Thursday, May 14, 2009

Akathisia-gate Scandal in Wall Street Journal

Akathisia-gate, Bristol-Myers Squibb's ongoing efforts to distract attention from the major side effect of its blockbuster antipsychotic drug Abilify, has expanded into a scandal that was covered on the front page of today's Wall Street Journal.

Staff writer Shirley Wang profiles Andy Behrman, a man with bipolar disorder who gained notoriety when he published the book Electroboy: A Memoir of Mania. According to the article, representatives of BMS approached Behrman after the book's publication and asked him to do promotional speeches for Abilify, which was about to gain FDA approval for the treatment of mania. He initially signed a contract for $40,000, and eventually made up to $10,000/day.

The problem is, soon after he started taking Abilify, Behrman noticed restless sensations in his legs--akathisia. He said he told his BMS handlers about the side effect, which the company denies. At any rate, apparently the money he was receiving was just too good for him to tell the truth about his side effects, and he continued providing glowing endorsements. He said that the company provided him with talking points, and instructed him to reiterate in his talks that Abilify had no side effects and to avoid mentioning that he was being paid by BMS.

Of course, the company denies any malfeasance, claiming that Behrman requested an exhorbitant $7.5 million for further talks, and that the company refused the offer. The implication is that Behrman is simply a disgruntled former hired gun. We may never know the entire truth of the matter.
But knowing the sordid history of pharmaceutical marketing tactics, I'm giving Behrman the benefit of the doubt here.

8 comments:

therapyfirst said...

Again, does one good deed erase several less than savory deeds?

When you screw up, admit it and make amends, at least so you know you are at peace with your current and future choices. The money trail tarnishes this man's story.

Abilify is NOT an antidepressant. It is that simple.

LK said...

You were much kinder than the rest of the media. (See Jim Edwards at BNET.

I understand that BM (as I like to call them) pushed past the edge in their marketing of Abilify, but this kid is just full of it. Read Edwards' piece, and the article in the WSJ. BM is kind for not calling the cops on Electrode-boy for extortion when he demanded millions to keep quiet.

What can I say? Another phara-whore down, so many more to go. When is somebody going to get around to the "mental health" web sites that are owned by big pharma, like psycho-central or Health Place.

Tony said...

What percentage of Abilify users suffer from akathisia? I seem to remember reading its high at 25% (which I know BMS has tried to play down). But that means that 75% are free of this. I am tired of people being so vociferous about side effects from medicine. OK, so it is good to alert people to them, but on the web it seems we are inundated by thousands of testimonials that paint a grim picture of medications with little mention of their benefits. I take a medicine which according to the web causes people to gain 50-100 lbs. I've been on it for a couple of years and I've gain 1-2 lbs. It has worked for me. But if I was to go by the sensationalism on the web, I would have avoided it. I am glad I gave it a try informed about the risks. Weight gain was a risk, not an absolute. Side effects are a risk of ANY beneficial medication, just be aware of that.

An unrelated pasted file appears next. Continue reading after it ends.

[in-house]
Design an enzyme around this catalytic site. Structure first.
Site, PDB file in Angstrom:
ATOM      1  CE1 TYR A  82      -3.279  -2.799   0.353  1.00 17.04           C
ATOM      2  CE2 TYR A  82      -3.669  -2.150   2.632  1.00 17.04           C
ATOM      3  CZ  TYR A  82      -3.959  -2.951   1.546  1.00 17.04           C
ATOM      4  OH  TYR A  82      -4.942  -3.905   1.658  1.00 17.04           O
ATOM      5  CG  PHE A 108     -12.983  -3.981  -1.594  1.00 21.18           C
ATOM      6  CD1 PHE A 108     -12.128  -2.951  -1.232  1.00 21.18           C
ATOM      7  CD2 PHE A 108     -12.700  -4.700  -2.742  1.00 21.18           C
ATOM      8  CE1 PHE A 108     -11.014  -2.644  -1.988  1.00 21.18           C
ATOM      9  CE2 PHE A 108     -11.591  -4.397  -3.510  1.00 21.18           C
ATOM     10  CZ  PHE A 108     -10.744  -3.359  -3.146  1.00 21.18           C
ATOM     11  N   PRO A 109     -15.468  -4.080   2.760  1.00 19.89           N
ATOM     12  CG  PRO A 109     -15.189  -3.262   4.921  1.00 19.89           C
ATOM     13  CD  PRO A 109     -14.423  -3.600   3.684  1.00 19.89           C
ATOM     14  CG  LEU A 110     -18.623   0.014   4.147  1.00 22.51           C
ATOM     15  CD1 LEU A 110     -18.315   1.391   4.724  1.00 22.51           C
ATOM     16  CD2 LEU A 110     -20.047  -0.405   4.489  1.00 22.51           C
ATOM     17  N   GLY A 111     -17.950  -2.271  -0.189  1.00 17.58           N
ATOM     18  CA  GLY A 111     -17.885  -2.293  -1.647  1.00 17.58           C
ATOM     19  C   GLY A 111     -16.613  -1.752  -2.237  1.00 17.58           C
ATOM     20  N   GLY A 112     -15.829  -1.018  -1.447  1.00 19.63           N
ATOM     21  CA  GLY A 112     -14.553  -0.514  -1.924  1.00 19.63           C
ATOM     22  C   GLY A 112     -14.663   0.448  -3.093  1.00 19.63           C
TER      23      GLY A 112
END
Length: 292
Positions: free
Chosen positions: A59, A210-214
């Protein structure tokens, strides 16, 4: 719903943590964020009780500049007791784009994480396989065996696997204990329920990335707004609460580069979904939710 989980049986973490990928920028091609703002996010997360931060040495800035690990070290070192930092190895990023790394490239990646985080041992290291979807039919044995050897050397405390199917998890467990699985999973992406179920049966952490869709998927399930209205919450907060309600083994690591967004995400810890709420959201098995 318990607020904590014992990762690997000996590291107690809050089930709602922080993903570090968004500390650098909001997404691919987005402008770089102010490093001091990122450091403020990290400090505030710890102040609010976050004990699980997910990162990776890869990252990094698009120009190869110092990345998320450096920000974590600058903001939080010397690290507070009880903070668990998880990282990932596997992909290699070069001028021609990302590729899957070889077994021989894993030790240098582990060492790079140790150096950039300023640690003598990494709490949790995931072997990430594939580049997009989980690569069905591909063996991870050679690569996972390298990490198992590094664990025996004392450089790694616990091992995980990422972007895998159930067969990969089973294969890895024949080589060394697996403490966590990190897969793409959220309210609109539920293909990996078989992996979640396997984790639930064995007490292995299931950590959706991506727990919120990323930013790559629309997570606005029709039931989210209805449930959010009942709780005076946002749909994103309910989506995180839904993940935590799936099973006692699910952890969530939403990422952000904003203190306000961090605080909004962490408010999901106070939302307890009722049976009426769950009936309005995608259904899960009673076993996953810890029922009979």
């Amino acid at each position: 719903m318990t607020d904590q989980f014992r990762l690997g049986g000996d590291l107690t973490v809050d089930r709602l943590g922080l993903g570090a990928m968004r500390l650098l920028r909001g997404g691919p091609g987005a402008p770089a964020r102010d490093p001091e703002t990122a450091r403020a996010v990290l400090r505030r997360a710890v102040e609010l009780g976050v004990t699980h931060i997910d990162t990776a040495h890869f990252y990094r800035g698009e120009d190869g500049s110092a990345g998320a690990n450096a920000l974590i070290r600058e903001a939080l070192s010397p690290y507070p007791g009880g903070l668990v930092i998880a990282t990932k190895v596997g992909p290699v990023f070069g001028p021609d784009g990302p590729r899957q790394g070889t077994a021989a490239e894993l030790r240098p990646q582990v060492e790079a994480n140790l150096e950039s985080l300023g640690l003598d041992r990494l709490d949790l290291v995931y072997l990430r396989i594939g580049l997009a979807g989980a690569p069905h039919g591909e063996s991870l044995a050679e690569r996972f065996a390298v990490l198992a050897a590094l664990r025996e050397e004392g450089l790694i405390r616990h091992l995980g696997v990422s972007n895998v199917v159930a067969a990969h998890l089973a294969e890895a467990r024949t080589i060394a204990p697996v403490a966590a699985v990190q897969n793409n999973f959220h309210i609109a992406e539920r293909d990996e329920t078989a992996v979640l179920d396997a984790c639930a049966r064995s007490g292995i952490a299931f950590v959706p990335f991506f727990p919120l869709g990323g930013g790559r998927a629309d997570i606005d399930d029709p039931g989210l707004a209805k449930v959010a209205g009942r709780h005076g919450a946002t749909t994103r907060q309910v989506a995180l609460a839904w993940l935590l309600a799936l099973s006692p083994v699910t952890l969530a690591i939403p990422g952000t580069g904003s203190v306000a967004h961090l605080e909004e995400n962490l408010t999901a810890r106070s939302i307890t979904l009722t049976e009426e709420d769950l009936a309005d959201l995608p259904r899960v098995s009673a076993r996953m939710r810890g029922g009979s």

Gina Pera said...

I think you needed more "allegedlys" in here, Dr. C.

This guy is a scammer, pure and simple. That was pretty obvious to me from reading the WSJ story. For all we know, he didn't even take the medication.

It was only when contract renewal time came up -- and the company wouldn't cough up the grandiose 7.5 MILLION bucks he wanted, instead of a lousy 400K -- that he saw his next in-the-spotlight opportunity: I WAS ROBBED BY BIG PHARMA AND ITS NASTY SIDE EFFECTS.

Puh-leeze. People who believe this bald-faced opportunist better not be clinicians. Anyone can see through this game.

Gina Pera said...

Tony,

Fortunately, the people on the web complaining about side effects do not represent the majority of psychiatric patients. They are just particularly loud and vicious, not to mention lacking in compassion for others whose lives they are making harder by increasing stigma and prejudice.

Anonymous said...

Gina,

Hmm, you accuse people who disagree with you of lacking compassion and call them vicious without any proof or evidence to substantiate your charges. What is wrong with this picture?

By it is because of one of those sites that you like to crucify that I learned how to successfully slowly taper off of my meds. If it wasn't there, there is no doubt in my mind I would have unsuccessfully tapered too quickly as my psychiatrist wanted a quick taper.

As far as the issue with Mr. Behrman, he commented on the Furious Seasons Blog that he complained immediately about side effects but was ignored.

But I agree with TF about the money trail tarnishing his story.

AA

brainzaps said...

25% is a HUGE percentage and Abilify is being approved for WAY TOO MANY USES. I was on it for 9 months-- and at first I got the akathisia, but then I was just depressed by it. Mood stabilizer my foot.

Anonymous said...

It's entirely helpful for others to know about side effects that happen on these drugs. If you have never had bad side effects you won't know how hard it can be to persuade the doctor to listen and take them seriously. Also often you don't realise that what you are experiencing are side effects until you hear someone else's account. Some of the side effects of antipsychotics can be terrible and even life threatening. Akathasia is no picnic if you have ever experienced it, 25% is a lot of people.